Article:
The ongoing effects of an apartment building fire in Hankinson are still being felt as apartment residents had their homes destroyed through smoke damage or when firemen had to make holes in walls and ceilings to attack the blaze.
The cause of this Tuesday, Sept. 24 fire has not been determined, said Hankinson Fire Chief Erik Steinwehr.
Eleven people were inside the apartments on the upper level of the 100-year-old Post’s Hardware building in downtown Hankinson when the smoke detectors started to sound. Eight got out, but three others were trapped on the second floor, said Richland County Emergency Manager Brett Lambrecht. One-by-one, firefighters plucked the three people from an upstairs window — including an elderly woman and an amputee.
Post Hardware is directly beneath the apartments and is still not open. Owners Jeremy and Jill Post do not have any idea when it will reopen, they said.
Hankinson Fire Department responded just after 9 p.m. to find flames engulfing the back of the building.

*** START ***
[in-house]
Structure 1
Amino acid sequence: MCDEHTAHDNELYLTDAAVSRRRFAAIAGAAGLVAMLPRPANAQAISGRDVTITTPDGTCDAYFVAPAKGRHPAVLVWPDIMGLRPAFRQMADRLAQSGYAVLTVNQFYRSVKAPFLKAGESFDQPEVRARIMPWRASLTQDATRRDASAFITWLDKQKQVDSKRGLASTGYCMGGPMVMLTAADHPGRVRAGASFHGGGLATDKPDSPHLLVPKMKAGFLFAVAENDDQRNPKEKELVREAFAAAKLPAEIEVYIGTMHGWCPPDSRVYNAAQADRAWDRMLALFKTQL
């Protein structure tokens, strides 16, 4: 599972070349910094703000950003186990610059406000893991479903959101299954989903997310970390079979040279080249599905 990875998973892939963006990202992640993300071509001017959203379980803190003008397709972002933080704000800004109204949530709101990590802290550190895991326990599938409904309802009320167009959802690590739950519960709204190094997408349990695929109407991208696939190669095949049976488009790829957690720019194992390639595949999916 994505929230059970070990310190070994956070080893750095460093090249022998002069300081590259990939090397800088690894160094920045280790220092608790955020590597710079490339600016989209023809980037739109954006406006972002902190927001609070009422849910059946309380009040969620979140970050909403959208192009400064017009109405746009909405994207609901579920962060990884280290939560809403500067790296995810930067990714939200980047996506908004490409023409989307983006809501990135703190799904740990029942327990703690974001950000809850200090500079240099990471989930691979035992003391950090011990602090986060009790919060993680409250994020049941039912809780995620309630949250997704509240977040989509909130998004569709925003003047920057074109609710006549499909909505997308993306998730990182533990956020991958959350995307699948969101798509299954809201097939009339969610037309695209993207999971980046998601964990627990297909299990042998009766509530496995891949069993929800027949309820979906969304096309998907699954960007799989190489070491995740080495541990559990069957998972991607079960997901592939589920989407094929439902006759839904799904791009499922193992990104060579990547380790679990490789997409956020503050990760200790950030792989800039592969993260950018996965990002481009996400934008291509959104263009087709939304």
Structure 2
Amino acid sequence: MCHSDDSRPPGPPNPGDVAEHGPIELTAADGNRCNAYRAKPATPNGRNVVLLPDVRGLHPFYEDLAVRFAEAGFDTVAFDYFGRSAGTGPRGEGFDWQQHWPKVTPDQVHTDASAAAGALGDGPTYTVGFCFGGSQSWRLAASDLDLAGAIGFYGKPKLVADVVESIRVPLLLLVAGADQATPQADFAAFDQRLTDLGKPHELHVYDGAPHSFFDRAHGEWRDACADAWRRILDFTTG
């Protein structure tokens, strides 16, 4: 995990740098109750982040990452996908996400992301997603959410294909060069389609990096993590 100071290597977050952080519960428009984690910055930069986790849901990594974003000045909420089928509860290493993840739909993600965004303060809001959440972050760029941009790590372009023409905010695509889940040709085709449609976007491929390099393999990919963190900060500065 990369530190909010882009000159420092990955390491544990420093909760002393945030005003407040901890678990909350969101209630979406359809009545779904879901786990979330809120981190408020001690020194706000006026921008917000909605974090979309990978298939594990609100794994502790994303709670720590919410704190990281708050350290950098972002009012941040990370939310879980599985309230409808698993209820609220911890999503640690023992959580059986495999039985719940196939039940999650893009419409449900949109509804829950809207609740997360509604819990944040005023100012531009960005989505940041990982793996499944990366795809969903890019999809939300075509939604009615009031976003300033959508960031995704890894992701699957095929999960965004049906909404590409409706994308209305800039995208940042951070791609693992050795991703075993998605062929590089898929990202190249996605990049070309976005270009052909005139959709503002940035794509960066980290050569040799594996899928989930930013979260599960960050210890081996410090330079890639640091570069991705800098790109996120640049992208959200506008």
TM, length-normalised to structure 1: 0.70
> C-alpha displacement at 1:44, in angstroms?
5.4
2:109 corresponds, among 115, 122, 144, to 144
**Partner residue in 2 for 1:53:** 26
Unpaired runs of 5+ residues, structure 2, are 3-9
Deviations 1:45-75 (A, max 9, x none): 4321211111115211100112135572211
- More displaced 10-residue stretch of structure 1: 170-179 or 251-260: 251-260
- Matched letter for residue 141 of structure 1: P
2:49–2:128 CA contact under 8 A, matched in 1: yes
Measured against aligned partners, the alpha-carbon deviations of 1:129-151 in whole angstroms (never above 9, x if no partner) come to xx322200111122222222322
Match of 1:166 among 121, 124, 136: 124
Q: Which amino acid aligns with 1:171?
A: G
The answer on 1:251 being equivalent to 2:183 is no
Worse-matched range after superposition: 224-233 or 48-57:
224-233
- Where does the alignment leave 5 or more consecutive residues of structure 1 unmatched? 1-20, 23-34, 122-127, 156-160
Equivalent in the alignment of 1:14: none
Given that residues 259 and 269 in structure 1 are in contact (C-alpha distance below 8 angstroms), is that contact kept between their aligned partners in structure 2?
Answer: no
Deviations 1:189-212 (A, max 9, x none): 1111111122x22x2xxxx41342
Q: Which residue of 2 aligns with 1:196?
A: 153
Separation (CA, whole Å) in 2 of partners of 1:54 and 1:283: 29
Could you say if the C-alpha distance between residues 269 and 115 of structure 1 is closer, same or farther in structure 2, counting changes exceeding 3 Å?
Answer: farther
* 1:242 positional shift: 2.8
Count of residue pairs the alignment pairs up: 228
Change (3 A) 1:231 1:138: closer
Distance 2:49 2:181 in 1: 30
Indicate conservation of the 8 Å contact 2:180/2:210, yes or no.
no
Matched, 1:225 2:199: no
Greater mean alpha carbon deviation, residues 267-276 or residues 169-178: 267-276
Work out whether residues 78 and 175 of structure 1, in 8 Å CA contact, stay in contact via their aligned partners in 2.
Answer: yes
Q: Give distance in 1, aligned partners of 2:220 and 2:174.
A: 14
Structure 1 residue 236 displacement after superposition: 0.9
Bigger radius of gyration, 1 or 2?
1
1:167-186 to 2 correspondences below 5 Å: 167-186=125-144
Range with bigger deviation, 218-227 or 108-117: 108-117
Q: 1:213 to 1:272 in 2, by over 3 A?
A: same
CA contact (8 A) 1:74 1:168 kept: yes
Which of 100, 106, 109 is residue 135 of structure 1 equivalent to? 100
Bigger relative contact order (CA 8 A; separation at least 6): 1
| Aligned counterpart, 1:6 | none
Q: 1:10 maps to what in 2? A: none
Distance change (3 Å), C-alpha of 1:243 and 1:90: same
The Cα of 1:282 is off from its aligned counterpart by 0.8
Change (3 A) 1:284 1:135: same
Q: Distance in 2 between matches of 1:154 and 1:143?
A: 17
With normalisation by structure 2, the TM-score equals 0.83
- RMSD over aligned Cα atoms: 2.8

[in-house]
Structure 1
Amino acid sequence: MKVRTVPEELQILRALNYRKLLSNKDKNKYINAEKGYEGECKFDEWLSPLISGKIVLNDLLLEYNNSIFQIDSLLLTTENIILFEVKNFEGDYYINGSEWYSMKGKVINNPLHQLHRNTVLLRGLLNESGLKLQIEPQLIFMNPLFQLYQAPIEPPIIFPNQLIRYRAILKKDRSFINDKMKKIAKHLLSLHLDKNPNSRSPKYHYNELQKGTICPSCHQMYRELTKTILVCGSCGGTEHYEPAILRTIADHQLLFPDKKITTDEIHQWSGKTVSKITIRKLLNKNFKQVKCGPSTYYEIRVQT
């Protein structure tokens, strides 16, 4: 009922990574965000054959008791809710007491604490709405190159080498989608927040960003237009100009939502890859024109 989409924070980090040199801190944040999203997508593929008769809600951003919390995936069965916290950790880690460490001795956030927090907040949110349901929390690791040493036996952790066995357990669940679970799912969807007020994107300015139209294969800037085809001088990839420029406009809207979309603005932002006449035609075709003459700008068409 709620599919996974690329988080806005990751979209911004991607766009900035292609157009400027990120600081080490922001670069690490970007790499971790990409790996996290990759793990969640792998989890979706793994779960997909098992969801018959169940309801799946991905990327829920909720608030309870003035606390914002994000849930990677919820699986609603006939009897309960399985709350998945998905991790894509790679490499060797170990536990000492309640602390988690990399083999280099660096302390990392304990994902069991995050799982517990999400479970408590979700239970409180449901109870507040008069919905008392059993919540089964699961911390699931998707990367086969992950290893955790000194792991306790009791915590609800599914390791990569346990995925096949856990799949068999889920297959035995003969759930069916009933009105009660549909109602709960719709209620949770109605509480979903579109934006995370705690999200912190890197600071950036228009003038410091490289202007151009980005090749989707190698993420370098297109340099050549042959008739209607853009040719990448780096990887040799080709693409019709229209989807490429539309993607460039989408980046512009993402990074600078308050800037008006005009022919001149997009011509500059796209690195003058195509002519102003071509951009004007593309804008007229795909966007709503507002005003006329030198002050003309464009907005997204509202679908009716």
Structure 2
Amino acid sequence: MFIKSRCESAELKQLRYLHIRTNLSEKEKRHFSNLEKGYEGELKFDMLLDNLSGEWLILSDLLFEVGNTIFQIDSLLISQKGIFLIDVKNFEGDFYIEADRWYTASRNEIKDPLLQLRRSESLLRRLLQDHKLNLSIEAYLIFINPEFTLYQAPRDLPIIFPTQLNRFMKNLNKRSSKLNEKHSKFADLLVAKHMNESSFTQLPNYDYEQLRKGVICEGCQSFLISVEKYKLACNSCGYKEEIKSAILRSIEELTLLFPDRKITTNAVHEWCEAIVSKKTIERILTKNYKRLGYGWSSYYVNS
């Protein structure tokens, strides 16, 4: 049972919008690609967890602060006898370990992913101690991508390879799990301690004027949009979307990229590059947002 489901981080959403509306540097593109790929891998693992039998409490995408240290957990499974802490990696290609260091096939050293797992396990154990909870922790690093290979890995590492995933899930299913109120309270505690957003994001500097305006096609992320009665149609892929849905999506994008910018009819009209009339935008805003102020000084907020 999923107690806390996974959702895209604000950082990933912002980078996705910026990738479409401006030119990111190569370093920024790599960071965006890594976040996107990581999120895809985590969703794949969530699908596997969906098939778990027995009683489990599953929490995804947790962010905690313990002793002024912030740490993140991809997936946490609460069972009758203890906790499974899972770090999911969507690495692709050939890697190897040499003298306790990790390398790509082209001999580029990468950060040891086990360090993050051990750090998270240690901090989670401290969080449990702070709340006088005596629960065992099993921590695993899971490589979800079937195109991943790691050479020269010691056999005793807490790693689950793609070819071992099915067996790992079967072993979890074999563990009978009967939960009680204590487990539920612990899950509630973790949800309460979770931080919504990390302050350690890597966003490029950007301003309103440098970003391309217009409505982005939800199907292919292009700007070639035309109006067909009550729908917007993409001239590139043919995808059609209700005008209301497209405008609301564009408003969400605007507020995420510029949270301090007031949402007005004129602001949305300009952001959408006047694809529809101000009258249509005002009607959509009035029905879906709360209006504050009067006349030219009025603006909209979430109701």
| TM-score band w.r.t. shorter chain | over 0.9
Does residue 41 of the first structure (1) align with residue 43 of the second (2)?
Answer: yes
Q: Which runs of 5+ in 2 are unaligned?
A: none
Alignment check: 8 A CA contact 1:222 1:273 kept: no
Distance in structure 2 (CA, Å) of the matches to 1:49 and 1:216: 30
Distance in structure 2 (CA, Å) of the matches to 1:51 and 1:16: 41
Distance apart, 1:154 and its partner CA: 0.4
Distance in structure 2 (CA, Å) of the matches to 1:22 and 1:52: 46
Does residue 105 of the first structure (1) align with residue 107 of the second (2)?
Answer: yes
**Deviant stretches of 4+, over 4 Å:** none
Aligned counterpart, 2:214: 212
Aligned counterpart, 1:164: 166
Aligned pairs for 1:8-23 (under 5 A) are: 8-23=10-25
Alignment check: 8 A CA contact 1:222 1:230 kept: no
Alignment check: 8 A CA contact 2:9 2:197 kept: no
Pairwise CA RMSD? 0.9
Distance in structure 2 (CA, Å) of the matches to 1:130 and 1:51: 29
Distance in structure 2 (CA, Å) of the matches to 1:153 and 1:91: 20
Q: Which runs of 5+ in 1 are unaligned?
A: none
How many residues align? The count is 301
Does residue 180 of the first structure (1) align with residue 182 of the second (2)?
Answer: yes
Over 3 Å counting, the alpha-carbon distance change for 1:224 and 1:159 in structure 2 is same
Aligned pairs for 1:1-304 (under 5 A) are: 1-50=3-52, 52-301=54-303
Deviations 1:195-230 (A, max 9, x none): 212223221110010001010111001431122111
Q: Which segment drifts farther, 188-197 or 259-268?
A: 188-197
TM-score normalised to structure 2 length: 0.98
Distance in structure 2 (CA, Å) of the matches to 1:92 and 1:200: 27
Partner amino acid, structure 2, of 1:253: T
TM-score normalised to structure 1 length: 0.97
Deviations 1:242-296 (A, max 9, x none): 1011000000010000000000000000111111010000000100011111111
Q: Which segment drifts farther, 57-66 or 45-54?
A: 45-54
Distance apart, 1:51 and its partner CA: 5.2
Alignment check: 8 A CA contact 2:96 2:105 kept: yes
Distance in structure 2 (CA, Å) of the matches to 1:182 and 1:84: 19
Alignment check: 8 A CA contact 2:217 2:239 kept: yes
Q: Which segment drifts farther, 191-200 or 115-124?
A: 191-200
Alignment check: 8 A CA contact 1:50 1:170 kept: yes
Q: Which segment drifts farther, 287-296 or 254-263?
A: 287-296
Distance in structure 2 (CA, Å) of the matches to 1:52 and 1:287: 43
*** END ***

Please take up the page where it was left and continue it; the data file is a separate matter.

“Once we got to the fire hall, you could see it already was pretty active,” Steinwehr said.
Nine area fire departments responded to the blaze, filling three sides of the 300 block along Main Avenue, while dozens of firemen attacked the fire.
Anxious nearby business owners stood across the street watching to see if the fire spread. This entire block of Main Avenue shares common walls, so there is no separation between Hankinson Insurance, GEOthermal Solutions Inc. and Hankinson Drug Store. Steinwehr said a cursory walk-through of each building showed that only Post Hardware sustained any damage.
No injuries to residents or firefighters were reported, he said.
The state fire marshal was expected to continue his work until Thursday, Sept. 26, Steinwehr said.
Responding agencies also included Richland County Sheriff’s Office, Hankinson Ambulance and fire departments from Lidgerwood, Barney, Fairmount, Dwight, Great Bend, Wahpeton, Mooreton and Mantador.